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Media Release: NSW Government’s move to tighten bail laws won’t keep women safe

Justice Reform Initiative Media Release, 13 May 2024

Plans to tighten bail laws to keep more people in prison in NSW while they await trial on family and domestic violence charges will not work to keep women and families safe in the long term.

While there is undoubtedly an urgent need for measures to help keep women safe in NSW, politicised law reform, particularly when it results in sending more people to prison, can cause more harm than good.

The Justice Reform Initiative’s Executive Director Dr Mindy Sotiri said the NSW Government needed to recognise the overarching failure of imprisonment as a solution to crime prevention.

“There is a clear need for urgent measures to keep women and families safe in NSW – both in the short and longer term. But it is difficult to see how the proposed changes to bail will either improve women’s safety or go deeper to address the social drivers of domestic and family violence,” Dr Sotiri said.

“While measures to keep more people in prison might serve to address risk in the short term pre-trial, it does nothing to address the long-term risk to women’s safety and can potentially cause more harm than good. We know that prison increases the risk of future offending and often entrenches underlying issues by worsening employment prospects, health outcomes, and cutting people off from their community.

“The remand population in NSW has increased by 75% over the last decade. Nearly 40% of people in prison in NSW are there on remand, and this move will drive those numbers higher without any evidence to show that it will be effective in preventing crime. To the contrary, all the evidence shows that tightening bail laws does little to address offending behaviour and instead increases the likelihood of future offending.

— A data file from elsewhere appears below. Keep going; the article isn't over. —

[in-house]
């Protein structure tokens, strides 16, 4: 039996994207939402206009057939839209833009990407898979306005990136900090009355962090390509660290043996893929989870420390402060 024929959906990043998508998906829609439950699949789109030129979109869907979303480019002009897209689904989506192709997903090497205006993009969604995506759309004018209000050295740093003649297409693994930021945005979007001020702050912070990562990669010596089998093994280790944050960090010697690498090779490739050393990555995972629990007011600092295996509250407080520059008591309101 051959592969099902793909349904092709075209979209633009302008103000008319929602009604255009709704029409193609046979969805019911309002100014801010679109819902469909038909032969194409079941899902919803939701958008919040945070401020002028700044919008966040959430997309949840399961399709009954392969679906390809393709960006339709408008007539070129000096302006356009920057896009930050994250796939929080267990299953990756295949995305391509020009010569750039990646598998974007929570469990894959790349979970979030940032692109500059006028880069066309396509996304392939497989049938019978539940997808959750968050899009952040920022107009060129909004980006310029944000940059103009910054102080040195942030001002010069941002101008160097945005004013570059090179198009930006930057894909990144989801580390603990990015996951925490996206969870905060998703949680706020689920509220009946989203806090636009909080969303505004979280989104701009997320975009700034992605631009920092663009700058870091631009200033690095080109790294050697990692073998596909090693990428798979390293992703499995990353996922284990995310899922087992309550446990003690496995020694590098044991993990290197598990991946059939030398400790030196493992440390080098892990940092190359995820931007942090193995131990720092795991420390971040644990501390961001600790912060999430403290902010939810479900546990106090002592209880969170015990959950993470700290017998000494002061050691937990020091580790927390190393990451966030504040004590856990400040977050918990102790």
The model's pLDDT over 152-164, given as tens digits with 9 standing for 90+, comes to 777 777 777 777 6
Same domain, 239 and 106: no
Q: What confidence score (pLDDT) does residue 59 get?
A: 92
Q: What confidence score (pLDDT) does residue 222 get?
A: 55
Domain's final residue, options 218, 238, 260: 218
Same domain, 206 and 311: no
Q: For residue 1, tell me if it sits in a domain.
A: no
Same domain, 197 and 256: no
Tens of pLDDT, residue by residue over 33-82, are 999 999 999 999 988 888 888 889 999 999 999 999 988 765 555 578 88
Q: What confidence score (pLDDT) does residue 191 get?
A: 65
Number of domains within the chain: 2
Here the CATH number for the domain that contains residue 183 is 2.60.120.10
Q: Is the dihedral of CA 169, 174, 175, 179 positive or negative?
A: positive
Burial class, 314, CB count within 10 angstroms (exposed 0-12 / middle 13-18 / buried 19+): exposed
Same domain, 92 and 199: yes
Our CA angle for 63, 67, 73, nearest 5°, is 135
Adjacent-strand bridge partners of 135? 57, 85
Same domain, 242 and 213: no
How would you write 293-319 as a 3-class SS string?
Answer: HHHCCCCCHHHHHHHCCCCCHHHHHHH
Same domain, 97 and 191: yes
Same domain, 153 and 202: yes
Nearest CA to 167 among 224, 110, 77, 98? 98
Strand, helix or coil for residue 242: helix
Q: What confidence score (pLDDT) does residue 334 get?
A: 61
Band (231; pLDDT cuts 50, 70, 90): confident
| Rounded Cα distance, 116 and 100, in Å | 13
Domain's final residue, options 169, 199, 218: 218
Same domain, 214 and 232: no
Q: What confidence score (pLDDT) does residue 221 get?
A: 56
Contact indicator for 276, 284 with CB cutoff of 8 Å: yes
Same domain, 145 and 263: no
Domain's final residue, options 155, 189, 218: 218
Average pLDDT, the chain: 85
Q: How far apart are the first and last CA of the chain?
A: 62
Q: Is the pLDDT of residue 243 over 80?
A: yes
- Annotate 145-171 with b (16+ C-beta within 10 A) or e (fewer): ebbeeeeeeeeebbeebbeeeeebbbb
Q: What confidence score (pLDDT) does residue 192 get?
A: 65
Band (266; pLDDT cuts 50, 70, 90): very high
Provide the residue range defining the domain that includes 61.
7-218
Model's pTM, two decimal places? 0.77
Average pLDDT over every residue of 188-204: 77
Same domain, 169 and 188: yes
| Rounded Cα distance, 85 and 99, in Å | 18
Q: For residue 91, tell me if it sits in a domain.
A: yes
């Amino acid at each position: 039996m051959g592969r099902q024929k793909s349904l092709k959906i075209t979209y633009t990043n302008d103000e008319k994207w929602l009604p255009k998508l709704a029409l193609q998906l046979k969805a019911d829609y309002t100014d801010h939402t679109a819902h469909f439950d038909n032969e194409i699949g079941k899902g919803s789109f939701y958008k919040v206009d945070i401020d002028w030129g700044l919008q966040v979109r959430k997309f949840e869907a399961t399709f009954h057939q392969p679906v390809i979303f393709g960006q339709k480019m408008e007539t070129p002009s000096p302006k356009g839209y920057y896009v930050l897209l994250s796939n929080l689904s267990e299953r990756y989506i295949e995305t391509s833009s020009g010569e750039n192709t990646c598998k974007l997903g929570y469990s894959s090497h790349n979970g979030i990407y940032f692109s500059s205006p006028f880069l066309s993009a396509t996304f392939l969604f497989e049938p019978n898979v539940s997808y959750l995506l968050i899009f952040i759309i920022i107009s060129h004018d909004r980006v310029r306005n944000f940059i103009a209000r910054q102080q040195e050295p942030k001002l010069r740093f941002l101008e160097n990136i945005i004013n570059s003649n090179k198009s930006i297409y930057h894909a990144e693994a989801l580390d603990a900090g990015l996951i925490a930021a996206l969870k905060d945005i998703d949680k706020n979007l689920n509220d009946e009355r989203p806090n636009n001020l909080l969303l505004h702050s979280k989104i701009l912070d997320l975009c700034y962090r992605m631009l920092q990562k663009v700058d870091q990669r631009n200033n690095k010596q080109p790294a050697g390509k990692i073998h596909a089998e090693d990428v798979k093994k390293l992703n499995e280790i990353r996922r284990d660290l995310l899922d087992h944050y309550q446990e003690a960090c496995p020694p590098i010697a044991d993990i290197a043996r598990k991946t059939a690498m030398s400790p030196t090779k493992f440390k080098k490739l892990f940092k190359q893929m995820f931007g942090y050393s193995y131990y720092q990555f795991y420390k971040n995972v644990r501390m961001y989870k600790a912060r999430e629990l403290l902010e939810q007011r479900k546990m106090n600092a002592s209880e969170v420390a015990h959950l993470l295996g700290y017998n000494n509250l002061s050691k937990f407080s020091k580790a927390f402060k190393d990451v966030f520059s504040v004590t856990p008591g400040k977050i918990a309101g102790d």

Dr Sotiri urged the NSW government to refocus its attention on supporting frontline service providers and services that were working to address the root causes of violent behaviour and consider measures outside of imprisonment to ensure women’s safety, such as electronic monitoring.

Dr Sotiri cautioned that rushed changes to bail laws can have further unintended consequences if they aren’t carefully focussed and considered. 

“Similar tightening of bail in Victoria, while well-intentioned, led to a range of damaging consequences, driving up women’s incarceration and disproportionately impacting First Nations women,” Dr Sotiri said.

“The NSW Government must learn from those mistakes and ensure any changes to bail to address family and domestic violence do not have unintended impact on vulnerable populations.

“The Government must also understand that law reform is only ever a small part of shifting a structural and social problem and any changes to legislation must be balanced with greater and targeted investment in bail support services, community programs and First Nations-led initiatives that work to address offending behaviours – and keep women and families safe – in the long term.”

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Media contact:  Pia Akerman 0412 346 746


The Initiative respectfully acknowledges and supports the current and longstanding efforts of Aboriginal and Torres Strait Islander people to reduce the numbers of Indigenous people incarcerated in Australia and, importantly, the leadership role which Indigenous-led organisations continue to play on this issue. We also acknowledge the work of many other individuals and organisations seeking change, such as those focused on the rate of imprisonment for women, people with mental health issues, people with disability and others.


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